She hits harder now
To obtain material for her latest documentary -- a look inside North Korea’s secretive culture -- Lisa Ling went undercover last June, posing as a medical coordinator documenting the work of a Nepalese eye surgeon who was allowed in the country on a rare humanitarian mission.
Ling, a correspondent for National Geographic Channel’s “Explorer,” gave officials her real name and nationality but did not reveal that she was a journalist. She was shadowed by half a dozen minders during her 12-day stay but still managed to smuggle out tapes with footage of life in Pyongyang.
“I’m actually shocked that they didn’t Google me,” said the 33-year-old, whose piece is running tonight at 9, repeating Wednesday at 8 p.m.
If they had, North Korean officials would have quickly realized that they were dealing with a veteran television reporter who has been on the air since she was 16. But they might not have appreciated the unorthodox path she has followed.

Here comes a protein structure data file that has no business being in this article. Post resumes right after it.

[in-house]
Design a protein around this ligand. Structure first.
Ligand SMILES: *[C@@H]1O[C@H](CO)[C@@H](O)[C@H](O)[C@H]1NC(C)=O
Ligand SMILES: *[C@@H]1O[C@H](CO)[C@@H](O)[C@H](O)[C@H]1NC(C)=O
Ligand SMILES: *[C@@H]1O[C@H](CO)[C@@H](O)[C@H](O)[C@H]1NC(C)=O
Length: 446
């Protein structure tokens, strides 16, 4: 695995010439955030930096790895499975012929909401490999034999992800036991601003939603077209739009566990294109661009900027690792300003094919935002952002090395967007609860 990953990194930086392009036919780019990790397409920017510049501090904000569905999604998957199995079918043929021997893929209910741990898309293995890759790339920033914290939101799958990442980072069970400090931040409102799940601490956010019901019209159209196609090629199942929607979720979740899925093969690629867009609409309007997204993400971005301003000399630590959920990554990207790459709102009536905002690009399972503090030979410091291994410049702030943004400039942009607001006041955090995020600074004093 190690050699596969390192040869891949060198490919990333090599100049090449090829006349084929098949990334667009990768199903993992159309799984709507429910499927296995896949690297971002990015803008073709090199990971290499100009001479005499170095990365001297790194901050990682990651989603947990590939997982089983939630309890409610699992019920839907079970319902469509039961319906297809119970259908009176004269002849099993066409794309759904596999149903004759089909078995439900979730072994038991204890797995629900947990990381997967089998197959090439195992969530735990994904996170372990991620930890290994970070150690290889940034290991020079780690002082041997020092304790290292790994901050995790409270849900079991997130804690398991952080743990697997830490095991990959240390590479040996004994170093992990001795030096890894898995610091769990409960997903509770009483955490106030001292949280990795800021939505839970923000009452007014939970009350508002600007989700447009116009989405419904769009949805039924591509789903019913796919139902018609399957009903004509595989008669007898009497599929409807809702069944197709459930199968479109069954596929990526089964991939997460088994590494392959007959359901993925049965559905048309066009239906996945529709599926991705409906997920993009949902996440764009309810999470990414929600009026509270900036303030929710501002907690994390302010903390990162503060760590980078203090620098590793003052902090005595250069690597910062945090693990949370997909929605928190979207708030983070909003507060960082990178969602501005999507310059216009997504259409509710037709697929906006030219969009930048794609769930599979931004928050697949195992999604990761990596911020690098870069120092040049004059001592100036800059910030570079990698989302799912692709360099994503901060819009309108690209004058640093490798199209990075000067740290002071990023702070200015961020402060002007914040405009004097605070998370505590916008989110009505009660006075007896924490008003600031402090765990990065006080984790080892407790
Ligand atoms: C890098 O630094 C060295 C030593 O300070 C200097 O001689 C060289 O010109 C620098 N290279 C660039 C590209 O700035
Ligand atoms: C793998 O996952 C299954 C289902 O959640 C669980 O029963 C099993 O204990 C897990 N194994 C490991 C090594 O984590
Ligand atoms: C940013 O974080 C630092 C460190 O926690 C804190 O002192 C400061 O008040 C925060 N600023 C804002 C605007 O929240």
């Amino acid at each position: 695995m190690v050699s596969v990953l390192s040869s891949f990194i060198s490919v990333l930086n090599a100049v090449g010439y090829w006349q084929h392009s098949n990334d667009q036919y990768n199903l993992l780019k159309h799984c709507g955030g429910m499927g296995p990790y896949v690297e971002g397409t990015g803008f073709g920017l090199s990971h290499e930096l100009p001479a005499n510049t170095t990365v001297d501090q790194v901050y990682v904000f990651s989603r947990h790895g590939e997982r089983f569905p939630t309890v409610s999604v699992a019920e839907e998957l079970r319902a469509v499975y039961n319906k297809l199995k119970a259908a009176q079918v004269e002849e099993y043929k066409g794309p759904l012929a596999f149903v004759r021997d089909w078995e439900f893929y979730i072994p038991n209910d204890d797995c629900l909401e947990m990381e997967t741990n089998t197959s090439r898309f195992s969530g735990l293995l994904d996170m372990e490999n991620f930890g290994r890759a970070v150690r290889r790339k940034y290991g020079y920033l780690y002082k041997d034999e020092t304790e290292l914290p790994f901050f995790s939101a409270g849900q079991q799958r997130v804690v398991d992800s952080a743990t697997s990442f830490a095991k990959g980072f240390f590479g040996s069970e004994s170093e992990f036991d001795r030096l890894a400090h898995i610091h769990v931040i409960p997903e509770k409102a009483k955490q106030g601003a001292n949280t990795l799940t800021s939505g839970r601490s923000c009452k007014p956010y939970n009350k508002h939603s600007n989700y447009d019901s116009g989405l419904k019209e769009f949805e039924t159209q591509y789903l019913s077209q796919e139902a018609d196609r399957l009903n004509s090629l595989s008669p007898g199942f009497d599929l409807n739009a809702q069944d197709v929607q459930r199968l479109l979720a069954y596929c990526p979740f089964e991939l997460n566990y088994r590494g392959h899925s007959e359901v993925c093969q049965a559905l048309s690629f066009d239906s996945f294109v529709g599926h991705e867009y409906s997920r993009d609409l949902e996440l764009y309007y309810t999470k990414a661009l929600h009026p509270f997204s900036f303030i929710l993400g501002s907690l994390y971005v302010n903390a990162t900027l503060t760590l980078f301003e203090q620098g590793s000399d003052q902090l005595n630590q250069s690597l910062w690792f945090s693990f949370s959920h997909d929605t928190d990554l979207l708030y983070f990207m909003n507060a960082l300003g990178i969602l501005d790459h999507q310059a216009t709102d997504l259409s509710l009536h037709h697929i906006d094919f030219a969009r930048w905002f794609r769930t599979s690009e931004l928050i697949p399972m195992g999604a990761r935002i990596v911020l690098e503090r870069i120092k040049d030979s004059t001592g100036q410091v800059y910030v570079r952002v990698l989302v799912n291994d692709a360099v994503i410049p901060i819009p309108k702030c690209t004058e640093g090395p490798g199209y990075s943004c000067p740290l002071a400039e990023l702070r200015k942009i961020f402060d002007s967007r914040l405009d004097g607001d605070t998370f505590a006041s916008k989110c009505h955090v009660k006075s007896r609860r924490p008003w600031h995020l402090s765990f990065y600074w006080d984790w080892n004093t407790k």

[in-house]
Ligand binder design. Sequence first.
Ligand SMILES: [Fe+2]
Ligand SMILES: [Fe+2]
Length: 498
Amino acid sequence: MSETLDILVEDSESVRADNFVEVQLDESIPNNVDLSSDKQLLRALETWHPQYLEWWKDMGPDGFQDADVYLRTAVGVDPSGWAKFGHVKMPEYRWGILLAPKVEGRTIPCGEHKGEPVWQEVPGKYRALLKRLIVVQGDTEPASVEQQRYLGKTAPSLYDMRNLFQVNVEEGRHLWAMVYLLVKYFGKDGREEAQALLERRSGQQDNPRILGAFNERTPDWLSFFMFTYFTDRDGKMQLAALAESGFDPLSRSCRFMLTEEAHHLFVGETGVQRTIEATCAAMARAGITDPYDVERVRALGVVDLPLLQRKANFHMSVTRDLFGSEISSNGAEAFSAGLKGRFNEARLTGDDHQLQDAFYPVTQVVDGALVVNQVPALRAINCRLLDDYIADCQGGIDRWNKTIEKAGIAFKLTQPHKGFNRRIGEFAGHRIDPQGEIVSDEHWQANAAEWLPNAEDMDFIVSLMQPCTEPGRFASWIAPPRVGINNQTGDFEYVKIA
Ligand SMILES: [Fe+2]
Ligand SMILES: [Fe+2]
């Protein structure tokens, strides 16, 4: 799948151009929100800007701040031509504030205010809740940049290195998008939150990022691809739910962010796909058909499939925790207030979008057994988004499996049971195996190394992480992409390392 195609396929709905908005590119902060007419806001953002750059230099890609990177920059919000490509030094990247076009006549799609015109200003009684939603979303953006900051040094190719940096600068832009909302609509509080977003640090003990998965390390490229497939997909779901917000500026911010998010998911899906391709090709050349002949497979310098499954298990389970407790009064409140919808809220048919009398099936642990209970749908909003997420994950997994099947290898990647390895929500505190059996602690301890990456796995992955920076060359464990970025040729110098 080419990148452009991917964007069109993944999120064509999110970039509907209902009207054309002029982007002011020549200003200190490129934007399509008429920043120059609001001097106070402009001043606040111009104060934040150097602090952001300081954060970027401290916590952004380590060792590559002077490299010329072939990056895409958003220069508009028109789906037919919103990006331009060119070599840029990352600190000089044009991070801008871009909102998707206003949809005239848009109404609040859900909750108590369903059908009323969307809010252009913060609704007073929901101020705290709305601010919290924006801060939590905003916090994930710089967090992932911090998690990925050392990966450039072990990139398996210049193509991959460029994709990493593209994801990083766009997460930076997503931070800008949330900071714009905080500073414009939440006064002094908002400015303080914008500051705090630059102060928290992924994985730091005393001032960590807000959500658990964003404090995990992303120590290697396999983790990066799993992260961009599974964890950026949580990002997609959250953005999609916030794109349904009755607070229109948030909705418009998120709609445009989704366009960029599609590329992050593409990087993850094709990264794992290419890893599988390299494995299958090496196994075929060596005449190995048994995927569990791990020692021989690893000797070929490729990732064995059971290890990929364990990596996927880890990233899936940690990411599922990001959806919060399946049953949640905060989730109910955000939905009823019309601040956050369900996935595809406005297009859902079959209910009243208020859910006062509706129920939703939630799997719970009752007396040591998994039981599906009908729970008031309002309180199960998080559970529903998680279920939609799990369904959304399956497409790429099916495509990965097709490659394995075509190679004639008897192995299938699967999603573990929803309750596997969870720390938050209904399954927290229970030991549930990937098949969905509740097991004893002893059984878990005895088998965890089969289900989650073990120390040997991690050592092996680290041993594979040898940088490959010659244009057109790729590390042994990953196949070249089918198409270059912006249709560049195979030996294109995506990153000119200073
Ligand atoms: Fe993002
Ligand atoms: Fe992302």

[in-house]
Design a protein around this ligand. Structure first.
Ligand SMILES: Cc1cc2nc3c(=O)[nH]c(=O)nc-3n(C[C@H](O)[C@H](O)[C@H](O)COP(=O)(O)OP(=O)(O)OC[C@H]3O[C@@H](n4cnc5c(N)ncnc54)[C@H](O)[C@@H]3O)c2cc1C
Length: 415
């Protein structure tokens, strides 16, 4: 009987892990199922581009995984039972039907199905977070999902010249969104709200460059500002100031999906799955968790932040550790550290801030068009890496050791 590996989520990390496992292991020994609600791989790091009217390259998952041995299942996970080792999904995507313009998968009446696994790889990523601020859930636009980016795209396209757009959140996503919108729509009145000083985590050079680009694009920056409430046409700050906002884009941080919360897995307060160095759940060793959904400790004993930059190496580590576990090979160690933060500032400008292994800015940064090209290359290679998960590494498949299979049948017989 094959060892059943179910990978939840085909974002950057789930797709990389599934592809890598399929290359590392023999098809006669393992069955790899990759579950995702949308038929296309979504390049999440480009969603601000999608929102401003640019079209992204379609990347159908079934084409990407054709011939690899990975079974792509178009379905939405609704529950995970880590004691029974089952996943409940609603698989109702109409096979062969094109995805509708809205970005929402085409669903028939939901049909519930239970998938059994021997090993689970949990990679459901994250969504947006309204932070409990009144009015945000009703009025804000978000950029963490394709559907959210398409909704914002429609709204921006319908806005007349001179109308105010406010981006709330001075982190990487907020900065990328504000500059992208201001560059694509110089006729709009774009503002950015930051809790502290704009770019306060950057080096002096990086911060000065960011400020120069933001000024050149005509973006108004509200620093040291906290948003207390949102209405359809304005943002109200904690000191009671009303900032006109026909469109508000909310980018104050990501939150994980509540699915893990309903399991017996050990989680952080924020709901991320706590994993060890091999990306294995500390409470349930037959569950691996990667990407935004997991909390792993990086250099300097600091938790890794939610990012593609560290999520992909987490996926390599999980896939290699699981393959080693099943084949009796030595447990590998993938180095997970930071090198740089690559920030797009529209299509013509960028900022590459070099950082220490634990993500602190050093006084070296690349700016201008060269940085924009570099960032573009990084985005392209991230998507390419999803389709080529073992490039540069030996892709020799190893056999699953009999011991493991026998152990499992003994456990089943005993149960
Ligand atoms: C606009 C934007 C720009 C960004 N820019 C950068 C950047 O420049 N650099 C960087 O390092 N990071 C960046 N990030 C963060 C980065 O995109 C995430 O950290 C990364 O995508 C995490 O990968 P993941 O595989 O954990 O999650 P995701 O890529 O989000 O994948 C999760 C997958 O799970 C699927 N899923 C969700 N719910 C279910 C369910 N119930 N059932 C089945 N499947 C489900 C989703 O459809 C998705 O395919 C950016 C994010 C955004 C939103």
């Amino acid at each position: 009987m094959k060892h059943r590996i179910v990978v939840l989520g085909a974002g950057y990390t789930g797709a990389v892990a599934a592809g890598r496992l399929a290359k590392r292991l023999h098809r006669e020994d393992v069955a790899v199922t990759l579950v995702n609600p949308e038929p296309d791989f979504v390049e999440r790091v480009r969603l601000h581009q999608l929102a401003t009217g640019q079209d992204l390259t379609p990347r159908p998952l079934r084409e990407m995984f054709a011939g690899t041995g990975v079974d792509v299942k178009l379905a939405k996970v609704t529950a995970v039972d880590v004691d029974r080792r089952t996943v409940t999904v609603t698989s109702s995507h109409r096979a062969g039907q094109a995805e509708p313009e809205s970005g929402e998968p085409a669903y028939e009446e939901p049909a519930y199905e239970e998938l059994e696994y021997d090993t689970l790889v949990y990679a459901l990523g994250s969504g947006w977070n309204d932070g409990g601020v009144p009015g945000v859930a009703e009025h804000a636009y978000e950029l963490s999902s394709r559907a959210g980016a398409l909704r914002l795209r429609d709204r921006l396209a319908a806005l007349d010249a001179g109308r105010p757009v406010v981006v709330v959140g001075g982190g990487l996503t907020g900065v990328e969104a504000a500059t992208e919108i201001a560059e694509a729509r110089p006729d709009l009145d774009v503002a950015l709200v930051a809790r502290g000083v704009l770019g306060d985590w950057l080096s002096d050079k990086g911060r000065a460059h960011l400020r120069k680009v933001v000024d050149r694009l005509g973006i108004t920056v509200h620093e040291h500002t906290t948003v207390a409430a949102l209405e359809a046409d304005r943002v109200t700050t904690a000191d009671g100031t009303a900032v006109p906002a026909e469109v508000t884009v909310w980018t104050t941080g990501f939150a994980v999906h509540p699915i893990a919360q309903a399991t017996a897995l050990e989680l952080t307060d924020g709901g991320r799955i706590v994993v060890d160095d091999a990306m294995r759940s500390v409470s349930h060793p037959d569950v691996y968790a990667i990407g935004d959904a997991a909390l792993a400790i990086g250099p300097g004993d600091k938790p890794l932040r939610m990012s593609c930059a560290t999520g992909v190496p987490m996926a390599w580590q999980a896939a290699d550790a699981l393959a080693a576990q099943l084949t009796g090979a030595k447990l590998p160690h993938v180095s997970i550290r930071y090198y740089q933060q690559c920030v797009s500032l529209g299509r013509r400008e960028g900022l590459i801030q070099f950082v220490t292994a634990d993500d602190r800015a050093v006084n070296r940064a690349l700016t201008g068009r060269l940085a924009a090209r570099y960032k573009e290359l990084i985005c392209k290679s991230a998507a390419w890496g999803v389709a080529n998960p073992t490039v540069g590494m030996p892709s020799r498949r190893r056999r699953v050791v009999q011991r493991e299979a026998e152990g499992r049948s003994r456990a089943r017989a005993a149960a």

Ling gained national prominence when she was tapped in 1999 to be a co-host of “The View,” ABC’s dishy daytime talk show. But since leaving that program in 2002, she’s made a name for herself as a gutsy correspondent for National Geographic, traveling to El Salvador to confront the leaders of the ruthless MS-13 gang and visiting U.S. prisons to document the spread of methamphetamine use. In pieces for “The Oprah Winfrey Show” -- which she officially joined this season as a special correspondent -- Ling has covered the AIDS crisis among Ugandan orphans and bride-burning in India.
Her current projects may surprise her “View” fans, but Ling said she had returned to her roots: the kind of international journalism she thrived on as the senior war correspondent for Channel One, the television news service for schools where she worked for seven years.
“I consider myself to be the luckiest journalist on the planet,” she said over a recent lunch in Manhattan’s Theater District. “I’m so honored that during sweeps I did a piece on child slaves, while most quote ‘cable news networks’ were doing Anna Nicole Smith.”
Ling has fond memories of her time at “The View,” saying that the no-holds-barred dialogue among women of different generations made for “a very empowering show.”